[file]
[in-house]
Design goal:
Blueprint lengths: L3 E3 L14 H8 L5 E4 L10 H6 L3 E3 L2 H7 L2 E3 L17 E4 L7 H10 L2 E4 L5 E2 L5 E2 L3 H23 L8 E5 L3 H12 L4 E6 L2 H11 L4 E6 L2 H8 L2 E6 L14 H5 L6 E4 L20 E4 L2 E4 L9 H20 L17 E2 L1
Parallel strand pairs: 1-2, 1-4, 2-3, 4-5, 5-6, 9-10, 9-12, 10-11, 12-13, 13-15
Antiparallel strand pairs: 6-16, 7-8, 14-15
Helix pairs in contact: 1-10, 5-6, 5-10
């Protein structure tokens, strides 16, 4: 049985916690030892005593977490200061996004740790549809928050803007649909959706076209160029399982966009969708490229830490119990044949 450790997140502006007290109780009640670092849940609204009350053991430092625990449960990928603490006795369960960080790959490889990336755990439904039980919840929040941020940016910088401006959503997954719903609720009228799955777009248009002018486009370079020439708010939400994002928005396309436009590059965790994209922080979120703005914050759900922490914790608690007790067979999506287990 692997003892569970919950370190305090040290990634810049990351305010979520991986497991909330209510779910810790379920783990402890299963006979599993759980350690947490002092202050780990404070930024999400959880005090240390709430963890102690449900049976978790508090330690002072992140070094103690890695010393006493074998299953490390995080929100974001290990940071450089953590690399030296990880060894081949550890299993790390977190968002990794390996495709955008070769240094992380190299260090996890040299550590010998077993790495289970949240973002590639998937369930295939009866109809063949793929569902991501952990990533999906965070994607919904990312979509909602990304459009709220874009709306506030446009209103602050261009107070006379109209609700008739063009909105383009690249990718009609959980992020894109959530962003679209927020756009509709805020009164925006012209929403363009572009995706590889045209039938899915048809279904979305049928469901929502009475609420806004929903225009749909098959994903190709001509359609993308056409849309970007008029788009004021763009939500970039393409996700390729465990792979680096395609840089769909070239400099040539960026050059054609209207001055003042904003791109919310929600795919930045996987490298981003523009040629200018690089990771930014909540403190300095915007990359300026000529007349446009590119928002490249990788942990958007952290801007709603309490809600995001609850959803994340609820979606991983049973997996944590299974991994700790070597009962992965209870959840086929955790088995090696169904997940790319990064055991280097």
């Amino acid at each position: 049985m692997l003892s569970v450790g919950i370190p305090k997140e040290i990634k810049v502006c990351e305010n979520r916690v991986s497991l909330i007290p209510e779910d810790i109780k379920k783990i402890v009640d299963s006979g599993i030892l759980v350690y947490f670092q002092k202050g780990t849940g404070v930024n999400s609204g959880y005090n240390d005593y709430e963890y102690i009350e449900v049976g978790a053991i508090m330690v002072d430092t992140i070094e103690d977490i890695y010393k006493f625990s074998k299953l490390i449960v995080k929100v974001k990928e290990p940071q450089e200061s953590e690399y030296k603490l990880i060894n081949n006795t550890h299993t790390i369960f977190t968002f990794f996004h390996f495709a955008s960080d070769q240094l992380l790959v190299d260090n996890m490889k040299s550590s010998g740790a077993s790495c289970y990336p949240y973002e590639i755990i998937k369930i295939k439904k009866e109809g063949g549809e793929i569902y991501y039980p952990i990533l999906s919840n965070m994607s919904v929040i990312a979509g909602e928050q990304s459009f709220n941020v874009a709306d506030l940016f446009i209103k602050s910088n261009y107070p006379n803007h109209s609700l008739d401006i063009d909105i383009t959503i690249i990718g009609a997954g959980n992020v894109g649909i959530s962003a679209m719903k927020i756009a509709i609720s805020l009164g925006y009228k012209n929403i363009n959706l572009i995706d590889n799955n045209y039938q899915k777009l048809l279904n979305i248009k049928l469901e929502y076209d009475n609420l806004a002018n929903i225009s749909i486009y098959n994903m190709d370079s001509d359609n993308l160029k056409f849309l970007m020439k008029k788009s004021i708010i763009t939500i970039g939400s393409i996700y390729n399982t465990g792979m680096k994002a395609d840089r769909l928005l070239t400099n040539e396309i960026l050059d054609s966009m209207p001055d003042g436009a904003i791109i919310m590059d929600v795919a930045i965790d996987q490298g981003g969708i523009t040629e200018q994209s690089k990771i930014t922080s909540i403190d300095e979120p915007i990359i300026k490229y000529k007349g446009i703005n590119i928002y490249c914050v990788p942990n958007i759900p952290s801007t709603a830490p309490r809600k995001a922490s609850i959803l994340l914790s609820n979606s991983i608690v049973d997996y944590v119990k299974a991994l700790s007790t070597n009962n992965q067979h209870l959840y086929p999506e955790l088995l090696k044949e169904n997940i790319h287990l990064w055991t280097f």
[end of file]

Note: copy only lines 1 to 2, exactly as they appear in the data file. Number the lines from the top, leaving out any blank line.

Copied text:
[in-house]
Design goal: